Balance is a main word in discussing Aristotle because he believes it is the necessary element to creating a stable government. His less metaphysical approach to politics makes Aristotle more in tune with the modern world, yet he is far from modern. Plato's concept of what politics and government should be is a direct result of his belief in the theory of forms. The theory of forms basically states that there is a higher "form" for everything that exists in the world. Each material thing is simply a representation of the real thing which is the form.
The reason unity and harmony are so important to Plato are because they are responsible for bonding together Plato’s ideal state and protecting it from tyranny. Plato explains at great length the framework which ties together the individual soul with the ideal political society. Without unity and harmony, an aristocracy would ultimately decay into a democracy, and according to Plato, sooner rather than later a tyrant would rule the state. In order to understand how unity and harmony tie the ideal state together, one must first understand the coloration of unity with justice. Simply defined justice, according to Plato, is specialization.
If there was no form of sovereignty the guardians, who are the upper class citizens, would go after all their wants and desires freely. This would cause pandemonium and violence within the state. Plato states that, “a city whose future rulers are least eager to rule will necessarily be the best governed and freest from strife, and the one with opposite rulers the worst” (520d). By this Plato means that the people who should keep the social classes in check and rule over the state should be people who are not interested in power, ruling over others, self-gain, or self-promotion. Plato says, "to become a good guardian, a man must be by nature fast, strong, and a spirited philosopher" (Plato 376e).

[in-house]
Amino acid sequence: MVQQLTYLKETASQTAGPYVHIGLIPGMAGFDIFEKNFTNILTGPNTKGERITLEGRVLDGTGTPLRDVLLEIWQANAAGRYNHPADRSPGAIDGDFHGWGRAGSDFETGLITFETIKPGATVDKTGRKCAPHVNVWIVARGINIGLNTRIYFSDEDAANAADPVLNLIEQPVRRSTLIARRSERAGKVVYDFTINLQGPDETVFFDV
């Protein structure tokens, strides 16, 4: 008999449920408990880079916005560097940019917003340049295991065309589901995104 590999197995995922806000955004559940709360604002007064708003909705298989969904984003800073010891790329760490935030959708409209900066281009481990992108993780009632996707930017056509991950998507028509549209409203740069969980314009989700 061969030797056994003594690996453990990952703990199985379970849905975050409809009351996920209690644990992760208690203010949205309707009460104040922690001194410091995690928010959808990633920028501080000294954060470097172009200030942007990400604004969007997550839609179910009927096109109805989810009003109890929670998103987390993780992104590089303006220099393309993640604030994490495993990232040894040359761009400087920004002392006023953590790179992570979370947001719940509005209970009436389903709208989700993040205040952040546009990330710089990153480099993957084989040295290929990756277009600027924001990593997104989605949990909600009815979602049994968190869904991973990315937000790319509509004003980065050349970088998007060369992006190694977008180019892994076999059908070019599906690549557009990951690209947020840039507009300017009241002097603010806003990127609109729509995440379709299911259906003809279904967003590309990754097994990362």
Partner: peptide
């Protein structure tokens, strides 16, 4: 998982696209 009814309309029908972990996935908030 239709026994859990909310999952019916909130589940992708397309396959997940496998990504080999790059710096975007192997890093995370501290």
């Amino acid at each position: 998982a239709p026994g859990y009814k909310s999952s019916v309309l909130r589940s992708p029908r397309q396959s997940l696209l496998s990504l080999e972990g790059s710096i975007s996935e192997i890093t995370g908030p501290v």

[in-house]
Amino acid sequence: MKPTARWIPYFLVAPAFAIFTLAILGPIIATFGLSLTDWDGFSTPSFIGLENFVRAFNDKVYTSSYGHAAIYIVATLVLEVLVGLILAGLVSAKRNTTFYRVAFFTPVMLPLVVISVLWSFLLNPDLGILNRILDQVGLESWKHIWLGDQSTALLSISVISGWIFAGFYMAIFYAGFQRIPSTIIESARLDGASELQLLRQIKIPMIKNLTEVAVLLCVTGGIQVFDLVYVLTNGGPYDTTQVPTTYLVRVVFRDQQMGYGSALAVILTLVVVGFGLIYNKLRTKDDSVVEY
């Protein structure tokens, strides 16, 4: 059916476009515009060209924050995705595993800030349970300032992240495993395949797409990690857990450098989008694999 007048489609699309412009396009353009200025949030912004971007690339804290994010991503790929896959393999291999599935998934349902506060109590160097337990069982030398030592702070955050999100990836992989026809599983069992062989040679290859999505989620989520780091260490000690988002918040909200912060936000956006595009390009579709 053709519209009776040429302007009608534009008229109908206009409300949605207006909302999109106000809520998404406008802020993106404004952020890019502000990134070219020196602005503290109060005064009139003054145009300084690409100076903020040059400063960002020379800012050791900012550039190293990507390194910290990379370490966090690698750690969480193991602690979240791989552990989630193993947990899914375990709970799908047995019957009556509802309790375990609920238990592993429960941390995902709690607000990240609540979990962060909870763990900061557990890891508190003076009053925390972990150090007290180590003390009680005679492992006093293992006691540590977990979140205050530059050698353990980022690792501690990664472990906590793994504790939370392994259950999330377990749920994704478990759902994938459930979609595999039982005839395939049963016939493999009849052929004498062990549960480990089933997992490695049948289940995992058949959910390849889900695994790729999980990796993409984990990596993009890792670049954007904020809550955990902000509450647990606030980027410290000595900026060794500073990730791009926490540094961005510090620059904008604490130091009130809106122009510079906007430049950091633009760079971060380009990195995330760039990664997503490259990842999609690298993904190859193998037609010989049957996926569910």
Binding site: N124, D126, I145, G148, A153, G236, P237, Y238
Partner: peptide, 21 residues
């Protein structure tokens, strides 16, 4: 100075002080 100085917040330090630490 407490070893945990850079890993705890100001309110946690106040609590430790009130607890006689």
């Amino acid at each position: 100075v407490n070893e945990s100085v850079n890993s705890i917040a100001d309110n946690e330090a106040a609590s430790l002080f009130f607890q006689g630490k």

Aristotle on Politics The central concern of theorists is to establish a form of constitution that a society will likely succeed. Political success according to Aristotle is determined by the happiness of the citizens of the society. Aristotle’s vision of a perfect government all begins with the character of the citizenry leading to the happiness of a whole state. Through his studies, Aristotle came to the conclusion that in order to achieve a perfect constitution it is essential to break down a society into parts and observe each individually. Aristotle’s teachings were stressed on moderation in government and in life.
Both Plato’s Republic and Aristotle’s Politics relegate some people to exist solely as laborers, but they come to this conclusion in different ways and for fundamentally different reasons. In the Republic, the protagonist Socrates explores the idea of justice and the question of whether or not justice manifests in the same form for the individual as for the state. Socrates believes that these qualities are wholly entwined, as both the justice of the state and the justice of the individual require a balance and embodiment of certain qualities. A good society will be “wise, courageous, [and] moderate,” and all of these qualities must exist independently (Plato 427e). In his construction of an ideal city, Socrates declares that each of these
Aristotle saw politics as the study of association and constitution. He believed in moderation and a key to a happy life and a happy society is balance. Plato as a political philosopher tries to create what he thinks is a perfect society for philosophers and philosophers only. Aristotle as a political scientist sees it more on the